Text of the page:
Advanced Search
MyIDEAS: Login to save this article or follow this journal

How useful are forecasts of corporate profits?

Contents:

Author Info

  • Dean Croushore

Abstract

If forecasters predict higher earnings for corporations, the stock market will rise. Stock prices will drop with a forecast of lower earnings. But are such forecasts on the money? Dean Croushore uses data from the Survey of Professional Forecasters to check the accuracy of forecasts of corporate profits. The results show that, despite the volatility of corporate profits, the forecasts are rational

Download Info

If you experience problems downloading a file, check if you have the proper application to view it first. In case of further problems read the IDEAS help page. Note that these files are not on the IDEAS site. Please be patient as the files may be large.
File URL: http://www.phil.frb.org/files/br/brso99dc.pdf
Download Restriction: no

Bibliographic Info

Article provided by Federal Reserve Bank of Philadelphia in its journal Business Review.

Volume (Year): (1999)
Issue (Month): Sep ()
Pages: 3-12

as in new window
Handle: RePEc:fip:fedpbr:y:1999:i:sep:p:3-12

Contact details of provider:
Postal: 10 Independence Mall, Philadelphia, PA 19106-1574
Web page: http://www.philadelphiafed.org/
More information through EDIRC

Order Information:
Email:
Web: http://www.phil.frb.org/publicaffairs/pubs/index.html

Related research

Keywords: Corporations ; Forecasting;

References

References listed on IDEAS
Please report citation or reference errors to , or , if you are the registered author of the cited work, log in to your RePEc Author Service profile, click on "citations" and make appropriate adjustments.:
as in new window
  1. Dean Croushore, 1996. "Inflation forecasts: how good are they?," Business Review, Federal Reserve Bank of Philadelphia, issue May, pages 15-25.
  2. John H. Cochrane, 1998. "Where is the Market Going? Uncertain Facts and Novel Theories," NBER Working Papers 6207, National Bureau of Economic Research, Inc.
  3. Croushore, Dean & Stark, Tom, 2001. "A real-time data set for macroeconomists," Journal of Econometrics, Elsevier, vol. 105(1), pages 111-130, November.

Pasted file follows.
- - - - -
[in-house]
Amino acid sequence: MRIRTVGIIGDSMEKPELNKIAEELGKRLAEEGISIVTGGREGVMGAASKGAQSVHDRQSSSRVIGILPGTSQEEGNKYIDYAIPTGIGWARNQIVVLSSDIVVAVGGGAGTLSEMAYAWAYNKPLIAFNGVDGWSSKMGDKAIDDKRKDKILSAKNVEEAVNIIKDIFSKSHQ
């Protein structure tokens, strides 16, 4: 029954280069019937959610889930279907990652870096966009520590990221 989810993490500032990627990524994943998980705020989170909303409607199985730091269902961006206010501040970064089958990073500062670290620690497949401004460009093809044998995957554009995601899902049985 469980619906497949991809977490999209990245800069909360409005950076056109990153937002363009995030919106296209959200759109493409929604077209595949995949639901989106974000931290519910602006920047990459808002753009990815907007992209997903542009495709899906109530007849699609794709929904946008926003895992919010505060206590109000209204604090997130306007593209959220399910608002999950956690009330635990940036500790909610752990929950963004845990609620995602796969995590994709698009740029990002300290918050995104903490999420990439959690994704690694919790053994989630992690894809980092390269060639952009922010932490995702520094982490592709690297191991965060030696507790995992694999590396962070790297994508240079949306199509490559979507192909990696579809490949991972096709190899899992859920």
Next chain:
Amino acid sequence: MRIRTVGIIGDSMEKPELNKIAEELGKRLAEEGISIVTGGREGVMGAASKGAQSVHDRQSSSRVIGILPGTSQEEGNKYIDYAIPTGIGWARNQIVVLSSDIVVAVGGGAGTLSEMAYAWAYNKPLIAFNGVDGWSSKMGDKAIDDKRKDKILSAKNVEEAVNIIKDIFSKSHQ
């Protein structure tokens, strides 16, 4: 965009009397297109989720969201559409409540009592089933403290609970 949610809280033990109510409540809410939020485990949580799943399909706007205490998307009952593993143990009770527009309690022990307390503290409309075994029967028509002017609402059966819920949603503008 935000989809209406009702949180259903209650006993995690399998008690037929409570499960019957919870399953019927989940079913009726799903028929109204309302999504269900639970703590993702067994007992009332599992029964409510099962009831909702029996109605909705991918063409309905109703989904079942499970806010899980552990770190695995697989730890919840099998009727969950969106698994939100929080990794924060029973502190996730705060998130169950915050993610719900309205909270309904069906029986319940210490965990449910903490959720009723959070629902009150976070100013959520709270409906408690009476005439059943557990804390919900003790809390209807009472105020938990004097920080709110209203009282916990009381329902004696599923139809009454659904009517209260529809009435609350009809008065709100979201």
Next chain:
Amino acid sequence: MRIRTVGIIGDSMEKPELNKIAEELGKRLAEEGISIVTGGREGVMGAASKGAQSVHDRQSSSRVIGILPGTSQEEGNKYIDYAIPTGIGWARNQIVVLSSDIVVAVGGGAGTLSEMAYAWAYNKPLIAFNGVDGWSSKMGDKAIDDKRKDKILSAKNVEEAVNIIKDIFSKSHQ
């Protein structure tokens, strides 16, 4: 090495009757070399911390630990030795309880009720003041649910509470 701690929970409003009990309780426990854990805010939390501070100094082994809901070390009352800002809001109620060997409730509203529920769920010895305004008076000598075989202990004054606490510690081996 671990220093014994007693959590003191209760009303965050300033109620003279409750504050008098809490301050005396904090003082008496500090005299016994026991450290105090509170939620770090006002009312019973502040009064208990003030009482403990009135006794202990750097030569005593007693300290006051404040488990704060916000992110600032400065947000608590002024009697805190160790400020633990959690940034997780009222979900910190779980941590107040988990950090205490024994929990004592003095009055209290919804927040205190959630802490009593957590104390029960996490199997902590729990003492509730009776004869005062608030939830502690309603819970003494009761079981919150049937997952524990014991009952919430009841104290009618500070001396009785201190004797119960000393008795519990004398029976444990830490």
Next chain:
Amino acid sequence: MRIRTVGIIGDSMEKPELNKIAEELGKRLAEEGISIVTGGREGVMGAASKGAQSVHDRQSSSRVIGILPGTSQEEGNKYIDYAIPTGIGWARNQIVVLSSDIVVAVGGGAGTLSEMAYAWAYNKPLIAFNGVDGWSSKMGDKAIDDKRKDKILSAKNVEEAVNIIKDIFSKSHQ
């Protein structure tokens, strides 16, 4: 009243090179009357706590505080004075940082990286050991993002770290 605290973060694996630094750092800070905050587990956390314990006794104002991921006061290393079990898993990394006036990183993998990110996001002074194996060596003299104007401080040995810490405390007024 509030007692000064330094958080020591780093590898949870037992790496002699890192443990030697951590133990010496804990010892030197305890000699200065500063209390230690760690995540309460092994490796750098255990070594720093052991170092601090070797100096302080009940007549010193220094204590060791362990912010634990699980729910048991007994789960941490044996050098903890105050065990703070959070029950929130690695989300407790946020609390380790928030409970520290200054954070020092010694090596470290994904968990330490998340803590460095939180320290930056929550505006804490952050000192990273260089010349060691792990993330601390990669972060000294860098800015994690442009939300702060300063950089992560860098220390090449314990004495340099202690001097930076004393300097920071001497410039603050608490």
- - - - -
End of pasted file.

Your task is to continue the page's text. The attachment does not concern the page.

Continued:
4. John B. Carlson & Kevin H. Sargent, 1997. "The recent ascent of stock prices: can it be explained by earnings growth or other fundamentals?," Economic Review, Federal Reserve Bank of Cleveland, issue Q II, pages 2-12.
  5. Francis X. Diebold & Jose A. Lopez, 1995. "Forecast evaluation and combination," Research Paper 9525, Federal Reserve Bank of New York.
  6. Dean Croushore, 1993. "Introducing: the survey of professional forecasters," Business Review, Federal Reserve Bank of Philadelphia, issue Nov, pages 3-15.
Full references (including those not matched with items on IDEAS)

Citations

Citations are extracted by the CitEc Project, subscribe to its RSS feed for this item.
as in new window

Cited by:
  1. Baghestani, Hamid & Khallaf, Ashraf, 2012. "Predictions of growth in U.S. corporate profits: Asymmetric vs. symmetric loss," International Review of Economics & Finance, Elsevier, vol. 22(1), pages 222-229.

Lists

This item is not listed on Wikipedia, on a reading list or among the top items on IDEAS.

Statistics

Access and download statistics

Corrections

When requesting a correction, please mention this item's handle: RePEc:fip:fedpbr:y:1999:i:sep:p:3-12. See general information about how to correct material in RePEc.

For technical questions regarding this item, or to correct its authors, title, abstract, bibliographic or download information, contact: (Beth Paul).

If you have authored this item and are not yet registered with RePEc, we encourage you to do it here. This allows to link your profile to this item. It also allows you to accept potential citations to this item that we are uncertain about.

If references are entirely missing, you can add them using this form.

If the full references list an item that is present in RePEc, but the system did not link to it, you can help with this form.

If you know of missing items citing this one, you can help us creating those links by adding the relevant references in the same way as above, for each refering item. If you are a registered author of this item, you may also want to check the "citations" tab in your profile, as there may be some citations waiting for confirmation.

Please note that corrections may take a couple of weeks to filter through the various RePEc services.